As Canada nears Legalization Day, the federal government is doing quite a bit of research into its citizens’ marijuana consumption.
How much we pay for weed, things of that nature.
Luckily, there are decades of data to pull from. Statistics Canada, for example, has ‘Experimental Estimates of Cannabis Consumption in Canada’ that span 55 years.
The most interesting finding from that particular data, as it turns out, is that our parents smoke – or at least buy – more cannabis than the younger generation.
“The results show that cannabis activity in the earliest years examined (1960 to 1980) is a youth market. However, in the middle of this period, the effect of rising consumption among persons aged 25 to 44 begins to transition the market towards older age groups (Chart 2, above),” reads the report.
“This process continues as persons aged 45 to 64 begin to enter the market in the late 1970s, and continues up to the last data point in 2015. In 2015, persons older than 24 account for two-thirds of cannabis consumers while persons aged 15 to 17 account for less than 6%.”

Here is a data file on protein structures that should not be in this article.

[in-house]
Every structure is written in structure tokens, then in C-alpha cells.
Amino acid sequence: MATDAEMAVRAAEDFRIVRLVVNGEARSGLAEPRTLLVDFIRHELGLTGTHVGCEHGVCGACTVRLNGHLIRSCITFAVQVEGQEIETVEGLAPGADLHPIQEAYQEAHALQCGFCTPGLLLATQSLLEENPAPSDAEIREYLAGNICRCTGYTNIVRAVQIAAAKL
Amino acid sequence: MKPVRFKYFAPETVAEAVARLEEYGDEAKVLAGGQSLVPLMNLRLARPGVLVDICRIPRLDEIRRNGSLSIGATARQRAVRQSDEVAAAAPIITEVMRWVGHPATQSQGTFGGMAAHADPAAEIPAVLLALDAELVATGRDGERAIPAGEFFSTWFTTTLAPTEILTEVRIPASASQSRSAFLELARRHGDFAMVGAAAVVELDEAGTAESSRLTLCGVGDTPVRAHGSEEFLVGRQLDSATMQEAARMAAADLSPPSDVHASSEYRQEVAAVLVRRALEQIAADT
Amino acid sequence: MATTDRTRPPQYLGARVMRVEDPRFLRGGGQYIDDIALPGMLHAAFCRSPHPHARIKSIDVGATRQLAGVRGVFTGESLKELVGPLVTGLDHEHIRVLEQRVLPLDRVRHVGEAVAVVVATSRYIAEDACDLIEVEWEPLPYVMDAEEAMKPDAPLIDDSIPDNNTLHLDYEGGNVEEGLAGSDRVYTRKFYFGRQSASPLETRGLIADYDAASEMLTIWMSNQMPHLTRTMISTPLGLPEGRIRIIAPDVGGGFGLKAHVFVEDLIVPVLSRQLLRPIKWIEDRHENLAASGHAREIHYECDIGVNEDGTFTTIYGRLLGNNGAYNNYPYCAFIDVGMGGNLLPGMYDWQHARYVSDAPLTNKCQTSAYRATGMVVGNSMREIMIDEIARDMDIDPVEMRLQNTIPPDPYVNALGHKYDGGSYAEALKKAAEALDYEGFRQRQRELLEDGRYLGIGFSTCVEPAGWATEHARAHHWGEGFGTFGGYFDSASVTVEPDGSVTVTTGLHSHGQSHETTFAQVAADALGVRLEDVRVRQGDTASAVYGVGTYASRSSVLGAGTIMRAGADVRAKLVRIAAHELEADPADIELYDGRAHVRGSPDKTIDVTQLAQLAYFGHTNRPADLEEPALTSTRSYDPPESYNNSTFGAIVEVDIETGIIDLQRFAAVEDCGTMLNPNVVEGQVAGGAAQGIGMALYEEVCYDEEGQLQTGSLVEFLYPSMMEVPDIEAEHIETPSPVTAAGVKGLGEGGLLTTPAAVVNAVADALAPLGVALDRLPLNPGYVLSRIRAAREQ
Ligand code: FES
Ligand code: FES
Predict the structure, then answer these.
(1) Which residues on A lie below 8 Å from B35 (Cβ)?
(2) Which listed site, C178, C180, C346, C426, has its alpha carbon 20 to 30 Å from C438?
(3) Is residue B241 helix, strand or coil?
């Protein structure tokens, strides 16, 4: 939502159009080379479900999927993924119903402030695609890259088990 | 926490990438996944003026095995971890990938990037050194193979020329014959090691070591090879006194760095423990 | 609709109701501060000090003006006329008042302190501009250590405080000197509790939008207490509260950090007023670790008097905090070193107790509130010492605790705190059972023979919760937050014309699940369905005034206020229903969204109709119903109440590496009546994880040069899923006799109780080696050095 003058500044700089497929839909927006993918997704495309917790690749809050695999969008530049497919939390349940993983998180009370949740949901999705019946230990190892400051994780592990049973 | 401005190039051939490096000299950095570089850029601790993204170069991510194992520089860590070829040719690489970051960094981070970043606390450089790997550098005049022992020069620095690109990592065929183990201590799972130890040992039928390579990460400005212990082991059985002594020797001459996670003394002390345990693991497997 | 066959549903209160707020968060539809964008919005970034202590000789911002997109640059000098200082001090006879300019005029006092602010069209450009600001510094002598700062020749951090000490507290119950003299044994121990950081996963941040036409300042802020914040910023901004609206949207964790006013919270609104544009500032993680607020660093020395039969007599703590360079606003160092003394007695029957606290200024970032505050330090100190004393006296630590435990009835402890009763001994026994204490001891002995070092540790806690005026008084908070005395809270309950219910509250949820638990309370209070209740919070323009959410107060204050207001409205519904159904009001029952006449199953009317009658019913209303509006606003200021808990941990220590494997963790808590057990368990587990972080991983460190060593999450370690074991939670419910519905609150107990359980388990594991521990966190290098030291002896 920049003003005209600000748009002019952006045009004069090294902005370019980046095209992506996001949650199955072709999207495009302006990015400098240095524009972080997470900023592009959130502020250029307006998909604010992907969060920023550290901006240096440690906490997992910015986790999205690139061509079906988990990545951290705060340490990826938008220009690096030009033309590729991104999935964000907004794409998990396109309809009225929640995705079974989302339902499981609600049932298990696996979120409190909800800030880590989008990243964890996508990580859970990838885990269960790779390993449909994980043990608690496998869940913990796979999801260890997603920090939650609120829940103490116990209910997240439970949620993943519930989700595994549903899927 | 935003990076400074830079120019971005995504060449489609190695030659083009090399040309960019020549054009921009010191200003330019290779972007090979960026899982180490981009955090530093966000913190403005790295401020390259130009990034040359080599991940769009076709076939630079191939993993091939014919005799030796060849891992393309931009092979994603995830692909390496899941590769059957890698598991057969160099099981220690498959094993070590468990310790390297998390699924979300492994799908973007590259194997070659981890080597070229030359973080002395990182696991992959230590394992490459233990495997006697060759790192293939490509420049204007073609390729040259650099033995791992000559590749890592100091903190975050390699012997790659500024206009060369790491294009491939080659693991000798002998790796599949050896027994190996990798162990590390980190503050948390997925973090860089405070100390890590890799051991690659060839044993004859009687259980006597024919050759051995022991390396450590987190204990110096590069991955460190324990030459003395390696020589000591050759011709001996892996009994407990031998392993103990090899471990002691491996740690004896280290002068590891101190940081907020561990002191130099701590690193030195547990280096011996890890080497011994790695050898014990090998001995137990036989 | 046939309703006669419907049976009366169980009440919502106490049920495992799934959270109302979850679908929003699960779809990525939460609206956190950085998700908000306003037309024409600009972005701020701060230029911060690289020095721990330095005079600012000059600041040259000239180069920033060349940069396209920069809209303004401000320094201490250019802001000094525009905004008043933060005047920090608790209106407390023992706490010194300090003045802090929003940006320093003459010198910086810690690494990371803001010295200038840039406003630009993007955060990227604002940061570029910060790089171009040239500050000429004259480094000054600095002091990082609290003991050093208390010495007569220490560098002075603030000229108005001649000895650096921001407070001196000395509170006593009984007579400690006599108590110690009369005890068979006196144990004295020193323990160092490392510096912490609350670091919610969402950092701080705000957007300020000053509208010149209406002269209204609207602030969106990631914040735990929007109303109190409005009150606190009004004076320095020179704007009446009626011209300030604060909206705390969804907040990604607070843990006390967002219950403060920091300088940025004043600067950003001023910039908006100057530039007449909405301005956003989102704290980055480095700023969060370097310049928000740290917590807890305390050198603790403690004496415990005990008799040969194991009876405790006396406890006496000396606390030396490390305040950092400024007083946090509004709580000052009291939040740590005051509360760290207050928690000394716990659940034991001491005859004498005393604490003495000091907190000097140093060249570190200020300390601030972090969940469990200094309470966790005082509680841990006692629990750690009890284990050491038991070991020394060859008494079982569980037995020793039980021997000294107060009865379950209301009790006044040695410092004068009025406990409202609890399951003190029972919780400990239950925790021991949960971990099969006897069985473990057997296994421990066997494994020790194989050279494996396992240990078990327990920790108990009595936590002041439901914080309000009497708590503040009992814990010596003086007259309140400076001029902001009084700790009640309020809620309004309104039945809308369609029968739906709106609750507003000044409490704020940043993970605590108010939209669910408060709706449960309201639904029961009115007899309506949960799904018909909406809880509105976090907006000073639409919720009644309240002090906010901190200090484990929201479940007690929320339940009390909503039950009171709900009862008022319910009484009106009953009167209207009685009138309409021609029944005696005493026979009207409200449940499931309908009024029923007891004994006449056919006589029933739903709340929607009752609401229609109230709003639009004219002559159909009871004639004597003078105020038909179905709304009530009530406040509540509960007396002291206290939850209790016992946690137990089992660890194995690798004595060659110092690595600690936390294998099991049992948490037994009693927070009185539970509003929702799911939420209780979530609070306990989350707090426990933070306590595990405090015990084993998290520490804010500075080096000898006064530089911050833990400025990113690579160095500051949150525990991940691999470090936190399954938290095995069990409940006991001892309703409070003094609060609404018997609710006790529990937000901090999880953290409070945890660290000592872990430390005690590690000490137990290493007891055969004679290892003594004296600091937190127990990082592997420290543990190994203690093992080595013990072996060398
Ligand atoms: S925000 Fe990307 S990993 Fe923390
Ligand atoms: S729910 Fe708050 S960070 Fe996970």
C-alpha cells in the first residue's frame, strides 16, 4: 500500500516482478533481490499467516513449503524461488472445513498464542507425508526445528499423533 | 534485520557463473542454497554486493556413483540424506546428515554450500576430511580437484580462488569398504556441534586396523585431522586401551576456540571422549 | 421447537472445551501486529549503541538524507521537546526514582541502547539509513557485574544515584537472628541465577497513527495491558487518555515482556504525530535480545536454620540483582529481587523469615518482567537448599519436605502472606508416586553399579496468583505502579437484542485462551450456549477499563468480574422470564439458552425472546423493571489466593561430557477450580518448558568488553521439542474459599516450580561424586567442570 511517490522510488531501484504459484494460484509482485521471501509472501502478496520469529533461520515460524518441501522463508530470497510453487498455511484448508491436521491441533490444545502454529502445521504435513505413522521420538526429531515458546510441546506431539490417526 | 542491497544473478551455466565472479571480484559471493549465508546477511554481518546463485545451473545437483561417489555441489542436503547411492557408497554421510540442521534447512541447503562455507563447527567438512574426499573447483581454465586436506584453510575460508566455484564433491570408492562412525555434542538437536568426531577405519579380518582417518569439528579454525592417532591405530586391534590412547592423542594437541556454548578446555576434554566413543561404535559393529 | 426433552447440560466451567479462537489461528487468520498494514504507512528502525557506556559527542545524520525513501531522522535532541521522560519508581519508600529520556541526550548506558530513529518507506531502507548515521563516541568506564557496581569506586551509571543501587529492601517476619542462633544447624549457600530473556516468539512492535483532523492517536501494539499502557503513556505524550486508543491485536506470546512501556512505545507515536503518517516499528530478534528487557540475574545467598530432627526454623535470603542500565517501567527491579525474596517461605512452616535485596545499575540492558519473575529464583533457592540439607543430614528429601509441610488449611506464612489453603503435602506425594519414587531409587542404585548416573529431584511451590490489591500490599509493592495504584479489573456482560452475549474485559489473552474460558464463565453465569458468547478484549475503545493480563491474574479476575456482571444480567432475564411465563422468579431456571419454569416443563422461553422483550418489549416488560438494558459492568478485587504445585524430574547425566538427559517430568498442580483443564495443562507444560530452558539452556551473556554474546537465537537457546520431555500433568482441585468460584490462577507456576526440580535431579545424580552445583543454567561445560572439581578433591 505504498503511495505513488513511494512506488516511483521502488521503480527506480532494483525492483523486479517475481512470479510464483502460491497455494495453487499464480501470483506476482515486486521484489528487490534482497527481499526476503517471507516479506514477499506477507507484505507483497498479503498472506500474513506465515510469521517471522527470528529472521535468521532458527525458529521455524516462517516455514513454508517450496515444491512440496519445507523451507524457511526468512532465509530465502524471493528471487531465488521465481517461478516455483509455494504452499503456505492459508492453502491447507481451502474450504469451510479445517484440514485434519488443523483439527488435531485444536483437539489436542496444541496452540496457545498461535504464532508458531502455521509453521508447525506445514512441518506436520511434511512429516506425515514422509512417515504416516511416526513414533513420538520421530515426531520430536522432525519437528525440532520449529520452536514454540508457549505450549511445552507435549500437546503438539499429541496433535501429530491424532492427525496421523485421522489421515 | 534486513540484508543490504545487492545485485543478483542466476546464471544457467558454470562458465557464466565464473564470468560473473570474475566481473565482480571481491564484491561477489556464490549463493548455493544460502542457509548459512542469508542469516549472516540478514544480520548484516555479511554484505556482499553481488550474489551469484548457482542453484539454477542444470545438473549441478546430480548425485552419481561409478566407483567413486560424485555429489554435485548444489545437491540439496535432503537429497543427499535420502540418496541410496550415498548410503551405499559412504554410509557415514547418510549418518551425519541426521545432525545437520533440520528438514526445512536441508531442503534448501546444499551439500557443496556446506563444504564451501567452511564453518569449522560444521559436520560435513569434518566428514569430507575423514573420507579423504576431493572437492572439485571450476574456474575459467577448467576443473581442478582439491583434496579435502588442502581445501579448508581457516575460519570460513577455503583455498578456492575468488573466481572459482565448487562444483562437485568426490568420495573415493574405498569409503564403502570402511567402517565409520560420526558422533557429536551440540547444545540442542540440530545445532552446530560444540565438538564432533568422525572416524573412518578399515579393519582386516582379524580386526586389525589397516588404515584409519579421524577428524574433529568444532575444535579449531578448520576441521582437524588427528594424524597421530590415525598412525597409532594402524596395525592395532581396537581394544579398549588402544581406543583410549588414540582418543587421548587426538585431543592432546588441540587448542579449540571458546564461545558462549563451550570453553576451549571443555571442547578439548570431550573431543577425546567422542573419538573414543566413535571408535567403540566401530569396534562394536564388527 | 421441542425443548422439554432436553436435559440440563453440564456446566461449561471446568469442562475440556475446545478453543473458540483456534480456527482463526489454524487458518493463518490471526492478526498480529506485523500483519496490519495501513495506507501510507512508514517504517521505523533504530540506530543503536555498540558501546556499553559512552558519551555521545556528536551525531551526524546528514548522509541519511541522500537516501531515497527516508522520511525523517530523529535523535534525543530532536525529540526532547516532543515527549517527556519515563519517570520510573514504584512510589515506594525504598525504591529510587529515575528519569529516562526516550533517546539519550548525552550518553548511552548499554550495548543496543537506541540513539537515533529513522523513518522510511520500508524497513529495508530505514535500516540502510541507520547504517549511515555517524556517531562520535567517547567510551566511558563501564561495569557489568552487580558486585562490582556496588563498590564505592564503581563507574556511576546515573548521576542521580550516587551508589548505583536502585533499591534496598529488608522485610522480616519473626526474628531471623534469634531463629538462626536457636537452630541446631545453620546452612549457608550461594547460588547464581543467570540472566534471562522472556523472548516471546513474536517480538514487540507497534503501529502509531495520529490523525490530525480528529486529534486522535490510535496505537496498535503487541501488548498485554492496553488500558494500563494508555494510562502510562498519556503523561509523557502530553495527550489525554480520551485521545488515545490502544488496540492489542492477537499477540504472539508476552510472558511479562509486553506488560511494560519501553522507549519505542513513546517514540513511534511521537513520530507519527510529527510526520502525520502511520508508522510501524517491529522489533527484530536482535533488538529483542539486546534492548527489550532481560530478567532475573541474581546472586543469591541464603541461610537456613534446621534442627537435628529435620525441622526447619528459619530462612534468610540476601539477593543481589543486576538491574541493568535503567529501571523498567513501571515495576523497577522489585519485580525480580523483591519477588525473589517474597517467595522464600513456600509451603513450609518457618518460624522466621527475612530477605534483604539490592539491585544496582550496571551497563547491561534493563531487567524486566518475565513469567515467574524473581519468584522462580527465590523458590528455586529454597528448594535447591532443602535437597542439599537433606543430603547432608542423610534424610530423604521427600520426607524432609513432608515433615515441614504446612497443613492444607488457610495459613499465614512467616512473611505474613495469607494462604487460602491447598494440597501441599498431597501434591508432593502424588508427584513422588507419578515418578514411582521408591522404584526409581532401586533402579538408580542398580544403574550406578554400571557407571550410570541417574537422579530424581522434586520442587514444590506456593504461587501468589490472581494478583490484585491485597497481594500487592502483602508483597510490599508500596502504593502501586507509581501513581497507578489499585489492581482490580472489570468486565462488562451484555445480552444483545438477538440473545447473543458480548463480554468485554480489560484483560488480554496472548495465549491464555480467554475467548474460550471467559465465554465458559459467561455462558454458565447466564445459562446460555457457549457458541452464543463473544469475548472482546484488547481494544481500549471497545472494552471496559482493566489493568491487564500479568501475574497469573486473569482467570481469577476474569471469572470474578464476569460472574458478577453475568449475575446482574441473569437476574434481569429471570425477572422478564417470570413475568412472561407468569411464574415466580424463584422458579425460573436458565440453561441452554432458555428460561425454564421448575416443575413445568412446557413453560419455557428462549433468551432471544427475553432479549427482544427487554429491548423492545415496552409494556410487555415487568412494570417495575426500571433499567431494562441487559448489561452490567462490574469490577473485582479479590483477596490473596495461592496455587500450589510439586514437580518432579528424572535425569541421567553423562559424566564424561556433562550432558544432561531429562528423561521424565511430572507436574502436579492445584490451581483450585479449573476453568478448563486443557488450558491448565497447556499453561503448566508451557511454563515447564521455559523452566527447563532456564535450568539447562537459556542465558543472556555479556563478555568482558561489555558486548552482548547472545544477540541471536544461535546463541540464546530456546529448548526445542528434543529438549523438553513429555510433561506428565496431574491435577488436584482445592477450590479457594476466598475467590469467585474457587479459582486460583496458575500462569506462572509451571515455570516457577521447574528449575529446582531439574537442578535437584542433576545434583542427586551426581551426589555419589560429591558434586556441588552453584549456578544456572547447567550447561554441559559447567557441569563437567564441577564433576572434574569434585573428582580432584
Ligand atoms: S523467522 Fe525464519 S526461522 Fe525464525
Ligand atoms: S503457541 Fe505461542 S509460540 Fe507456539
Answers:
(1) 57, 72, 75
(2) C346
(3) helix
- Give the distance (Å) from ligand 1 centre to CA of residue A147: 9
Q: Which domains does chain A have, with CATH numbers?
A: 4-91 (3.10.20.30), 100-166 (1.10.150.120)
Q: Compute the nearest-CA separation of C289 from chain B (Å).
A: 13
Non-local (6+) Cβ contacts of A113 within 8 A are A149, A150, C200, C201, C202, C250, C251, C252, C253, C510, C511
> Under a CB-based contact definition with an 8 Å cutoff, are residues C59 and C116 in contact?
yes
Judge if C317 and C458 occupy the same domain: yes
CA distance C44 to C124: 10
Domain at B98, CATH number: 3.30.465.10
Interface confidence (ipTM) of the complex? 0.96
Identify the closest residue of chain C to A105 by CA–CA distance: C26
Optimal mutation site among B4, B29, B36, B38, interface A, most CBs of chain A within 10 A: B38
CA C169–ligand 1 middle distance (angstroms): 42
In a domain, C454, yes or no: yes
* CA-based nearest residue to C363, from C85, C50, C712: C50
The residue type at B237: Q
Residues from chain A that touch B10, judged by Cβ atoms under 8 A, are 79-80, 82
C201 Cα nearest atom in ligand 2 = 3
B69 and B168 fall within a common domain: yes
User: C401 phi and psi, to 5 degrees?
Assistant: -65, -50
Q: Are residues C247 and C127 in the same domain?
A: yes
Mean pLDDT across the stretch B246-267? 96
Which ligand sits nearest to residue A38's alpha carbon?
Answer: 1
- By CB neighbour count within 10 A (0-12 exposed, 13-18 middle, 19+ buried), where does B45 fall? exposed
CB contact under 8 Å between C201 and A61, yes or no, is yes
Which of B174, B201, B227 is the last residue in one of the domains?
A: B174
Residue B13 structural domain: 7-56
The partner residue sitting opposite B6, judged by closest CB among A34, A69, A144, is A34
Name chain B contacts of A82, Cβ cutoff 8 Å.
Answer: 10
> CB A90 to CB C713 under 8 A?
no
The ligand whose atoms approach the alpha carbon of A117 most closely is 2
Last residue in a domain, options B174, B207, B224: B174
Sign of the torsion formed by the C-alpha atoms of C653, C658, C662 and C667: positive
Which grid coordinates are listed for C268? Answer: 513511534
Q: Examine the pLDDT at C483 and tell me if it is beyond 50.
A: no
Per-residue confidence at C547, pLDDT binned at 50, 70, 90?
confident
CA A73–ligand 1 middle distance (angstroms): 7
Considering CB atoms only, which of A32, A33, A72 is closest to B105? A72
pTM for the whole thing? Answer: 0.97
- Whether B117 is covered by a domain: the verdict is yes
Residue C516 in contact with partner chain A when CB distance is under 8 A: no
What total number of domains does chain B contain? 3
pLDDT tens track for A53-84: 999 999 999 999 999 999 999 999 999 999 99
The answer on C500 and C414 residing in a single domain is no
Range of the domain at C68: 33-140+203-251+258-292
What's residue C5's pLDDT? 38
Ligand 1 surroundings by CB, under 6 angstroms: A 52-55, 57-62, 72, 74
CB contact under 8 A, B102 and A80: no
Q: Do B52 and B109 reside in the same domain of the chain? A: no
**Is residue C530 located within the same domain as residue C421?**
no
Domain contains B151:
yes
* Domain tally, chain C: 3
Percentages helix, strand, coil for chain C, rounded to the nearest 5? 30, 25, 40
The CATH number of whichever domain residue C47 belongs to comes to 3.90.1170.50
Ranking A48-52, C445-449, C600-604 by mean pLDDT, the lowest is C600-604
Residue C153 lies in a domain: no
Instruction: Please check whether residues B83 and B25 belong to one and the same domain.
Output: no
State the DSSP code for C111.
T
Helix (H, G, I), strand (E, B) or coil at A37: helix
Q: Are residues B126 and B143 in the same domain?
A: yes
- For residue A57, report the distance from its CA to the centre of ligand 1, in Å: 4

So while blazing blunts behind the mall between classes was indeed very 90s, the typical cannabis consumers today are more likely to be George and Ellen after a Sunday afternoon Nordic walk around the cul-de-sac.
A few more fun facts from the data:
- – By 2015, Canadians have consumed an estimated 700 tonnes of cannabis
- – Total consumption increased drastically in the 60s and 70s as youth began experimenting with marijuana
- – The value of cannabis sales in Canada for the year 2015 are between $5.0 billion and $6.2 billion
- – The cannabis market in Canada in 2015 is roughly one-half to two-thirds of the size of the $9.2 billion beer market, or around 70% to 90% of the size of the $7.0 billion wine market
Oh, and it is just a matter of time before cannabis gets absorbed by the ever-increasing wellness market.